Business & Economy
September 29, 2020

Are Vancouver’s Talented Tech Employees Cheap Labour ?

It has been Duke of Data Andy Yan who has been reminding us forever that there is a radical disconnect between household income and the price of housing. People working in Metro Vancouver can’t afford to buy housing here.

In 2017 Mr. Yan summed it up this way:

It’s surprising to me that we have only  the 15th highest incomes in Metro Vancouver, even coming behind Toronto. What we learned today is in Vancouver you are living in paradise, but your wages are in purgatory.” 

The median household income Mr. Yan was referring to is $72,662. At that time he saw the major issue was how to reconnect local incomes to local housing, noting that needed policy enactment would be  different in each city.

Photographer and former editor of Price Tags  Ken Ohrn sends along this article by Natalie Obiko Pearson who writes that Amazon. com is expecting to triple its workforce in Vancouver. Why? Because software engineers here are “cheap, smart and plentiful”, like an overabundant agricultural crop.

A conversation with an Amazon vice president revealed that  a “weak loonie, lower wages and a steady flow of graduates make Canada an attractive place to expand for tech companies whose largest expense is labour”.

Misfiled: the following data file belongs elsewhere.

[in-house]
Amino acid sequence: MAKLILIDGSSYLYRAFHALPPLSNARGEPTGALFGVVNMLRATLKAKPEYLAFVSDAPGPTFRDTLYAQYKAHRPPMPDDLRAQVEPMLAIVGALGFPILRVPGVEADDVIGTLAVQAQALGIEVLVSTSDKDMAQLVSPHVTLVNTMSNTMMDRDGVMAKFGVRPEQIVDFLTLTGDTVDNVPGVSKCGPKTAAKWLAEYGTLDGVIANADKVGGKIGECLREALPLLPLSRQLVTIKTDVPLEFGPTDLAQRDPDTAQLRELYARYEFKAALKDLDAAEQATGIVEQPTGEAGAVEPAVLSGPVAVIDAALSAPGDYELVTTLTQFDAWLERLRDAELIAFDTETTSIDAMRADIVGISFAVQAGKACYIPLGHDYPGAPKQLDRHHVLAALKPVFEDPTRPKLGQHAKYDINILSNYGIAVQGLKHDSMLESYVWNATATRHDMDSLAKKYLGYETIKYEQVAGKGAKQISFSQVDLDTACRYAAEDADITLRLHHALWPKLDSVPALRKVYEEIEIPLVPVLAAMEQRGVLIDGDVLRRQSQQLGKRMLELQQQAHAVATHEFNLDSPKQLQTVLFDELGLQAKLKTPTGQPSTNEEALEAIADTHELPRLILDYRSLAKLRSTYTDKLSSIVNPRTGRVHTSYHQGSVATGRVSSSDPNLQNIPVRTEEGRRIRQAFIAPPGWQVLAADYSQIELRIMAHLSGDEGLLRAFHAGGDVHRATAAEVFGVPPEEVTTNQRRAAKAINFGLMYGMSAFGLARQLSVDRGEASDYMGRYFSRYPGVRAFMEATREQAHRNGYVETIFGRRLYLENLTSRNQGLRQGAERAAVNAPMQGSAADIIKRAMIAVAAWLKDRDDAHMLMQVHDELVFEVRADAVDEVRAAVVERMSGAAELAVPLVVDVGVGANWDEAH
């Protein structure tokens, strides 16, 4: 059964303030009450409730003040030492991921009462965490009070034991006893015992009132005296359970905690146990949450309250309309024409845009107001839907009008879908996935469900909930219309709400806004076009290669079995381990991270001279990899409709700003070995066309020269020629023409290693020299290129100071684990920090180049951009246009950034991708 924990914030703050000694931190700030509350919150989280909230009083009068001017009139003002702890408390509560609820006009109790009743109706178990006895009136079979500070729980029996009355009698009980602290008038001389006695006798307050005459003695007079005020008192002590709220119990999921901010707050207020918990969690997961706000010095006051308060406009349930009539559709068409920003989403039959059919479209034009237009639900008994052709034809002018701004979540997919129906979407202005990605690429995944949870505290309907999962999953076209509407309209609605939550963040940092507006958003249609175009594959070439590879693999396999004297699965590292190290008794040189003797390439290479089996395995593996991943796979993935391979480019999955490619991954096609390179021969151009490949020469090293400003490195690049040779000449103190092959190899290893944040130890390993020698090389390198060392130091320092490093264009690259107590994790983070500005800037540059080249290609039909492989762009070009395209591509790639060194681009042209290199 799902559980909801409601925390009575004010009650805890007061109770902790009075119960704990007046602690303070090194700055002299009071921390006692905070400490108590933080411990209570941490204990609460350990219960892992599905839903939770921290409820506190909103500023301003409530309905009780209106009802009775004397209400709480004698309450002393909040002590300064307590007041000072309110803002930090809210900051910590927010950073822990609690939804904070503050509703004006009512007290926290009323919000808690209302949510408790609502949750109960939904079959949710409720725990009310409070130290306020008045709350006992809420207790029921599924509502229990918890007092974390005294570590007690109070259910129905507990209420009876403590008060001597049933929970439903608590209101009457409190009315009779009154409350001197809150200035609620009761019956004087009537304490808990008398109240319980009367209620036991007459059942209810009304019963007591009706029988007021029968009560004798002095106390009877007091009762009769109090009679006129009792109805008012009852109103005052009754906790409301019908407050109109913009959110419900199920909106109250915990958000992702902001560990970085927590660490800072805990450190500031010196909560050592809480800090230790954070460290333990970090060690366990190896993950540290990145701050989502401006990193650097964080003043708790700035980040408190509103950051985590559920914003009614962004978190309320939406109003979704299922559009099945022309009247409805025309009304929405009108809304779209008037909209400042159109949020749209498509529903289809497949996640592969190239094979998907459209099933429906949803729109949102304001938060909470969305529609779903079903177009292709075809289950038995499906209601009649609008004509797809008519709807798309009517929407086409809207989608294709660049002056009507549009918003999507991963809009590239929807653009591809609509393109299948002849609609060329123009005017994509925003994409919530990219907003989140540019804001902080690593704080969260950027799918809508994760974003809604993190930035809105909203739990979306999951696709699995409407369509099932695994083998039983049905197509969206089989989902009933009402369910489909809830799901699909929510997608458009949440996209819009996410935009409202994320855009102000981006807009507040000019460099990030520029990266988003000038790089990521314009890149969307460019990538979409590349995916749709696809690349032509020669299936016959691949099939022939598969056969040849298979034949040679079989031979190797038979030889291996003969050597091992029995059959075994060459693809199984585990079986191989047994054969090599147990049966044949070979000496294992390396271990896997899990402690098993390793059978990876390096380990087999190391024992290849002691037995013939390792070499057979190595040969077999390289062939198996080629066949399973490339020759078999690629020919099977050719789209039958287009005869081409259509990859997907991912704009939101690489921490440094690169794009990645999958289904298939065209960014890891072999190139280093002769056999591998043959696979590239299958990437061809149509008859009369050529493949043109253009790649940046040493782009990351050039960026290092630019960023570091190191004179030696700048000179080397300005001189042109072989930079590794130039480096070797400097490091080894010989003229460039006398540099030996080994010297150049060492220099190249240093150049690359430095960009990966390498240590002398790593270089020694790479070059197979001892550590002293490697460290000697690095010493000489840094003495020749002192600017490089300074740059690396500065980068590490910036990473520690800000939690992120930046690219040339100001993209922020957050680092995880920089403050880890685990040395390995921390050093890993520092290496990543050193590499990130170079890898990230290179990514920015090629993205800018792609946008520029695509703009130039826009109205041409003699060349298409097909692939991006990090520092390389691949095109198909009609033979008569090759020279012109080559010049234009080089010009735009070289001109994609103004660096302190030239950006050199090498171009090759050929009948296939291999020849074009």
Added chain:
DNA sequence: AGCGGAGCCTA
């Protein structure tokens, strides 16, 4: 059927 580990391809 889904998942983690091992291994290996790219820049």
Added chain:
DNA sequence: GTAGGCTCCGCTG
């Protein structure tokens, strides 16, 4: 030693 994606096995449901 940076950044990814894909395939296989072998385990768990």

The salaries in Vancouver are substantially less than for similar jobs south of the border, as are office rents.

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The Biennale has several events for people to take part in.

During a year that has been unlike any other, we’ve been inspired to see how artists, festivals, arts organizations, and cultural institutions are continually adapting. Here in Vancouver and around the world, we’ve found new ways to continue creating and connecting (safely) together. We are taking part in Culture Days 2020 this month, the nation-wide celebration of Canadian arts and culture indoors, outdoors, and online. Visit their website to find dozens of local experiences you can explore in person or online from September 25 – October 25th!

Ride Through Time
We’ve designed this self-guided bicycle ride (it’s walkable, too) to take you through the transformation of Vancouver’s waterfront as it developed from the 1860s to present day. Check out the three museums at Vanier Park and learn about the 12,000 years of history of Sen̓áḵw.